Cheese Wax vs. Plastic Coatings
If you are a cheese maker, or even if you are just a cheese lover, you may be wondering what cheese wax is, what it does, and maybe even how it is different than plastic coatings. Keep reading this article to find out all about cheese wax and plastic coatings.
What Cheese Wax Is
Cheese wax is a specialty product formulated for coating cheese. It comes in many different colors. Some of the most recognizable cheese wax colors are black, red, and yellow. Cheese wax is unlike many other waxes, such as paraffin wax, because it will stay flexible and won’t become brittle. It is also FDA-approved for direct contact with cheese.
What Cheese Wax Does
Cheese waxes are used to prevent mold growth, while retaining the moisture in the cheese, during the aging process. When cheese has been properly waxed it can have a shelf life of up to 25 years!
Difference Between Cheese Wax and Plastic Coatings
A bit of controversy appears in the cheesemaking world about which method is better, wax or plastic.
Pros and Cons of Cheese Wax
While there are many reasons why to choose cheese wax over a plastic coating, it also has challenges.
The primary benefit of waxing cheese is its ability to preserve the food as it ages. The approach is ideal for hard, dry cheeses like parmesan and cheddar. You can choose either a high-heat or low-heat waxing method. Both help retain moisture in the cheese, but the high-heat approach is also good for killing surface bacteria and preventing mold growth beneath the waxed surface.
Another advantage of cheese wax is its sustainability — unlike plastic coatings, cheese wax can be reused. Some wash it with a mild soap, allow it to dry and then remelt it. Others remelt it first and strain it through cheesecloth. Either way, reuse is great for your wallet and the environment!
Cheese wax is very easy to peel away from the cheese prior to eating the cheese, while plastic coatings can be very difficult to remove from the cheese. When using cheese wax, very little needs to be done after the cheese has the wax on. The only thing that needs to be done is maintaining the proper storage temperatures and turning the cheese every few weeks.
The primary disadvantage of wax is that it’s less than ideal for soft cheeses or those with high moisture content. You must also apply the wax properly and heat it to the correct temperature before waxing. A surface pinhole or too-cool wax may pose issues with mold growth. Plus, waxing is meant to help prevent surface mold on the cheese and may not necessarily stop bacteria growth.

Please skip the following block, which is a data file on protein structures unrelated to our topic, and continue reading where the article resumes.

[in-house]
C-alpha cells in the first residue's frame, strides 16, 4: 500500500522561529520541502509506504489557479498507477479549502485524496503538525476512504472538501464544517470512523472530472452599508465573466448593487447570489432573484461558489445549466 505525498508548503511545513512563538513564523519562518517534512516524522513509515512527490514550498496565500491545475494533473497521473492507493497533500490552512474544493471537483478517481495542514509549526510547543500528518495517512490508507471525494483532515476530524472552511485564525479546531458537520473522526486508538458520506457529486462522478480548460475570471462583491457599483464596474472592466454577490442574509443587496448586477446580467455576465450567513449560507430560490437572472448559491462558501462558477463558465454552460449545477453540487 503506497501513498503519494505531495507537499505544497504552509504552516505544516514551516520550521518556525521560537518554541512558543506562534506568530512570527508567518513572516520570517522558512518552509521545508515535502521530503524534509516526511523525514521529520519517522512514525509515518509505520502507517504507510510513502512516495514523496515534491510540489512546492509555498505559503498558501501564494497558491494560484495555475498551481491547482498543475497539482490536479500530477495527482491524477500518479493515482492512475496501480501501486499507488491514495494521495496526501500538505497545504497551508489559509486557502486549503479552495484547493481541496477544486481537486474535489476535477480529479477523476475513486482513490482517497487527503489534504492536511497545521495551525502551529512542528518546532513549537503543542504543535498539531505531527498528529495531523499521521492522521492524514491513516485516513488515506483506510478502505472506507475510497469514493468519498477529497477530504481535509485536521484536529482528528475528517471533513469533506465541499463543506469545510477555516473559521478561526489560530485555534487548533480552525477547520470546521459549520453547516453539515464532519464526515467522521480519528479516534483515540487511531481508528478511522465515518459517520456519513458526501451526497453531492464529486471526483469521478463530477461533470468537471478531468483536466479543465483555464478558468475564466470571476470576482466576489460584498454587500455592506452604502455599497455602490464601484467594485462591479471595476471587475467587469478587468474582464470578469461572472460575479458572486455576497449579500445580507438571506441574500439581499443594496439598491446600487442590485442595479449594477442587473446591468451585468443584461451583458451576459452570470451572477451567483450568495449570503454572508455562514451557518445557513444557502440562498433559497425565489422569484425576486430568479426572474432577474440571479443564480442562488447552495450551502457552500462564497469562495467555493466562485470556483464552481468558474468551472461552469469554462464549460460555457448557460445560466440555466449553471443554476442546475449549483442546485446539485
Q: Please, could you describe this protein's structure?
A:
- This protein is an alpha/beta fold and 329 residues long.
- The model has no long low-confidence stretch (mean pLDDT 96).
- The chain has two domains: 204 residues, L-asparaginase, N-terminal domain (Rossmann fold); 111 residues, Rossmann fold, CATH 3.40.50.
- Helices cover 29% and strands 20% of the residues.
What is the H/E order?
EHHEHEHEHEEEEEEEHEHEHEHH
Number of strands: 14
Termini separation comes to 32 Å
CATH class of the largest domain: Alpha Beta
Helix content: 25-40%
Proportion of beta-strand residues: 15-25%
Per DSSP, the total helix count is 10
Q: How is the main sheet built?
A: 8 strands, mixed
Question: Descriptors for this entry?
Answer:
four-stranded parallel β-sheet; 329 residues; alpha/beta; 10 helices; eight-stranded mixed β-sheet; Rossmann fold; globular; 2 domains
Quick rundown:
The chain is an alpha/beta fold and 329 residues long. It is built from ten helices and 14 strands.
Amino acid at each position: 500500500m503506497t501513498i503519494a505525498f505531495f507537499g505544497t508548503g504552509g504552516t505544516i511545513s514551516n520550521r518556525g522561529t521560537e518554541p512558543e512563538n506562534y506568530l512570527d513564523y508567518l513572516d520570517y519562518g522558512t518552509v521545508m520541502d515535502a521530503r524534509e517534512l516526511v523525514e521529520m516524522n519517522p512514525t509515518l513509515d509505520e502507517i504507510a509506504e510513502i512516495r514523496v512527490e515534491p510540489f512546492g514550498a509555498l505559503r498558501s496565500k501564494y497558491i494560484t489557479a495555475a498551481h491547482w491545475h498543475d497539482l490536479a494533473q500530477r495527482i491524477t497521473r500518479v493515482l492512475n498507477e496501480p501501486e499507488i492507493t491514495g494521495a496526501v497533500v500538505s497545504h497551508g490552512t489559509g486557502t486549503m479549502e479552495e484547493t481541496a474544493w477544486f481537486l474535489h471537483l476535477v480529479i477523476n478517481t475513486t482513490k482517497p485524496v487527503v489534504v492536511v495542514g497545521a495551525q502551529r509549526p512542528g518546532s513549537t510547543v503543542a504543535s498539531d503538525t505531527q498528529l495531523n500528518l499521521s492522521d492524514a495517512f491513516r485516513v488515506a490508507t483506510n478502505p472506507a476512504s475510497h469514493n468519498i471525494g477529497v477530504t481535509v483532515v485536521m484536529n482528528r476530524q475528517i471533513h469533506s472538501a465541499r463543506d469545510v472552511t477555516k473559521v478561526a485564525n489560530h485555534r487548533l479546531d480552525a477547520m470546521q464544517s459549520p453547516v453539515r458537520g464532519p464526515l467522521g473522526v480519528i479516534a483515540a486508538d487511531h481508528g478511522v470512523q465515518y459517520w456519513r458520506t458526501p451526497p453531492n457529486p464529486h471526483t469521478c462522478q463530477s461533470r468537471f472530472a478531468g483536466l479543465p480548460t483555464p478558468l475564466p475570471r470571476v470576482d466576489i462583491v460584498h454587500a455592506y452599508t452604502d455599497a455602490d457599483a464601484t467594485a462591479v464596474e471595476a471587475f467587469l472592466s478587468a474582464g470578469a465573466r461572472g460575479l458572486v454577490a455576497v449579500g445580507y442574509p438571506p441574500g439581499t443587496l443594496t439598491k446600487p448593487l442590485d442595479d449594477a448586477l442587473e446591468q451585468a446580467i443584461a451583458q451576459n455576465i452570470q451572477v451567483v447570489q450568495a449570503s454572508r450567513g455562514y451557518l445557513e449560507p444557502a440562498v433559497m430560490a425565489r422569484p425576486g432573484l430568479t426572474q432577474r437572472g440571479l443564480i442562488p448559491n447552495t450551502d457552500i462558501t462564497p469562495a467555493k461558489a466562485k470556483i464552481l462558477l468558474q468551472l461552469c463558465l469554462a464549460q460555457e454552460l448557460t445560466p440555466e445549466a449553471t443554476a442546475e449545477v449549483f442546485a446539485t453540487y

Pros and Cons of Plastic Coatings
Many cheesemakers use plastic coatings as a base for wax or on harder cheeses because of their breathability. These coatings derive from a food-grade PVA glue and help prevent mold during the aging process.
A primary advantage of PVA glue coatings is that they don’t affect the taste or smell of the cheese. When used as a base coat under wax, you can choose a paraffin coating instead. Together, they’re a cost-effective method for storing and aging cheese. Unlike wax, PVA glues are easy to clean up because they’re water-based.
Another common application for plastic coatings on cheese is vacuum sealing. While this is a more modern approach to long-term storage, it has many benefits. Vacuum sealing is quick and inexpensive. Plus, the transparent plastic allows complete visibility throughout the aging process, so you’ll know immediately if mold is forming.
With plastic coatings, the PVA glue process is more complex and takes longer to do. Another disadvantage to plastic coatings is that they may leave “traces” on the cheese during the cutting process, which affects the cheese’s appearance.
When it comes to vacuum sealing, the primary drawback is its impact on the maturation process. Since the vacuum seal is air-tight, the cheese ages differently than it does in wax coatings, which may affect its taste. The sealing process also draws the whey closer to the cheese’s surface. As a result, the aging process can occur faster, so keeping a closer eye on the cheese is vital.
Overall, there are many differences between cheese wax and plastic coatings. Depending on what result you are looking for will determine whether you should use a cheese wax or plastic coating.